Every successful trader, has a system that fits them. Some are long term, some mechanical, some intuitive, day traders, scalpers, arbitrage, value and momentum. The system its self is not the important factor. What is? Is that the system fits their unique personality Too many traders try to copy the latest hot fad in trading. Right now that would be day trading. But that style of trading will not suite every-one. To be a successful day trader you have to love the short term up and downs of the market during the day and being in contact with quotes for hours at a time. Yes, there are a number of traders making very good incomes from day trading, but there's many more who lose their shirts within a couple of months and don't even find out whether day trading is suited to their temperament. It's a little like choosing a career. I remember reading a book some time ago about the world's best managers. And one characteristic the author emphasized with all these top achievers was their LOVE for their chosen careers. Most of them said they couldn't believe they were getting paid to do something they loved so much. It's no different in trading You will only be a top trader if you trade a system which you simply love to trade. You wouldn't swap that way of trading for anything. And the profits you make, well that's just icing on the cake. How do you find a system you are happy with? You have to work backwards by first finding your objectives.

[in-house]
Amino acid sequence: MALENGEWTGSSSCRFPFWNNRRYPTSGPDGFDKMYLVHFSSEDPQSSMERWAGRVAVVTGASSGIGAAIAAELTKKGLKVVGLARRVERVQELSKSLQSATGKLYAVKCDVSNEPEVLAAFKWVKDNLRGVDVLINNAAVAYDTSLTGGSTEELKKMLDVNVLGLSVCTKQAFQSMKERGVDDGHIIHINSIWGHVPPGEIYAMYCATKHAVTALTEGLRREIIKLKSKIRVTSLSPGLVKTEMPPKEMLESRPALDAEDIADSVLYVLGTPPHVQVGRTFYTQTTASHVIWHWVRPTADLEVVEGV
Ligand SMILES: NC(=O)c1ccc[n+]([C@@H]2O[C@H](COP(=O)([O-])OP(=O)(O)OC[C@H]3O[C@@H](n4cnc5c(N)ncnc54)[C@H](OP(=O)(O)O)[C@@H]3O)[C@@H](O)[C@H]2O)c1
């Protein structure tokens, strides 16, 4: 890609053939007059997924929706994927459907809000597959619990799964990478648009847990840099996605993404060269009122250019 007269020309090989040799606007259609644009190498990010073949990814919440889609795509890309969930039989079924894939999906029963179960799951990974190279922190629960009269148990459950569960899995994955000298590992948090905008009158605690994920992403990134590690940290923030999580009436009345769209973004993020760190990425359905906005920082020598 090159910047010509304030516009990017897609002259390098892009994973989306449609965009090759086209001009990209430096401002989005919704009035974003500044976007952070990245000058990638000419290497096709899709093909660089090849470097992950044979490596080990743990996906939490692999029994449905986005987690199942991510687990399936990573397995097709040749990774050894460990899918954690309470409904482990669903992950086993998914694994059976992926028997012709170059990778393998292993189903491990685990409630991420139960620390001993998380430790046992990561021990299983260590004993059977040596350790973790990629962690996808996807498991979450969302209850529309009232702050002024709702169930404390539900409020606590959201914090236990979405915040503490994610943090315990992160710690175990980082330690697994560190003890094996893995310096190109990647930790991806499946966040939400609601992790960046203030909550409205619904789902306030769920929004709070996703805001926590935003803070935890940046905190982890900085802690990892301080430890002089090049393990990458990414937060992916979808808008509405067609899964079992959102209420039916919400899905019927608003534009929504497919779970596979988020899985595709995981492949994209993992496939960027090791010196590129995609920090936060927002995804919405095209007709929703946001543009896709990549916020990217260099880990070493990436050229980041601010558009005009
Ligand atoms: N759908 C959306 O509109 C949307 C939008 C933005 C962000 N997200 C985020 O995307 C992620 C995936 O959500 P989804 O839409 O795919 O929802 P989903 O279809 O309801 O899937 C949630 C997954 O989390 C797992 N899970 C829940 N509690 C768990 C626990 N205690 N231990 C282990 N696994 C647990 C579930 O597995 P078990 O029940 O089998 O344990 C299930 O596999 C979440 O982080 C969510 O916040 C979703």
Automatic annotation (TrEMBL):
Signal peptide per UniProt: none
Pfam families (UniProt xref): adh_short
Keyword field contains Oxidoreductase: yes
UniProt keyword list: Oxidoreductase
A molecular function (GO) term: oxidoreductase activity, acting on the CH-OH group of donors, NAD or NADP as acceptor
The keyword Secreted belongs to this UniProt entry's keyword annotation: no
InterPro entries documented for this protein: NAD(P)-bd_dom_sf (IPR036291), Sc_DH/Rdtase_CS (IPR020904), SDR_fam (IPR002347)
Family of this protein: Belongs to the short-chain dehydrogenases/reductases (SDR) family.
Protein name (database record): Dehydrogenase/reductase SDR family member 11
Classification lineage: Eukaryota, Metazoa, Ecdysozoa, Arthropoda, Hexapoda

3. Plan a trade and trade the plan

Without doubt, no trader will last long if he doesn't plan every trade. But there is absolutely no point in making a plan for a trade if you are not disciplined enough to follow it. A plan should cater for every eventuality. As Richard Dennis (Turtles fame) Said 'Don't worry about where the prices are going. Worry about what you are going to do when they get there.' Think about what is being said here. Once you put your money down on a trade you cannot control the prices. So stop worrying about what could happen and concentrate on you trigger points and what you will do when these points are violated. By doing this your trading stops being emotional and now becomes very systematic and stress free.

4. Work hard at learning how to trade properly and keep working

This is no different from any other trade. Would you expect to become a brain surgeon after attending a week-end seminar and reading a few books? Yet, why do so many people expect to become a Market Wizard within such a short period of time? If you ever have the privilege to ask questions to a successful trader you'll realize just how much effort, time, determination and lost money it took until they arrived at where they are. Being a Consistent forex market winner is no different from being a top lawyer, doctor or a businessman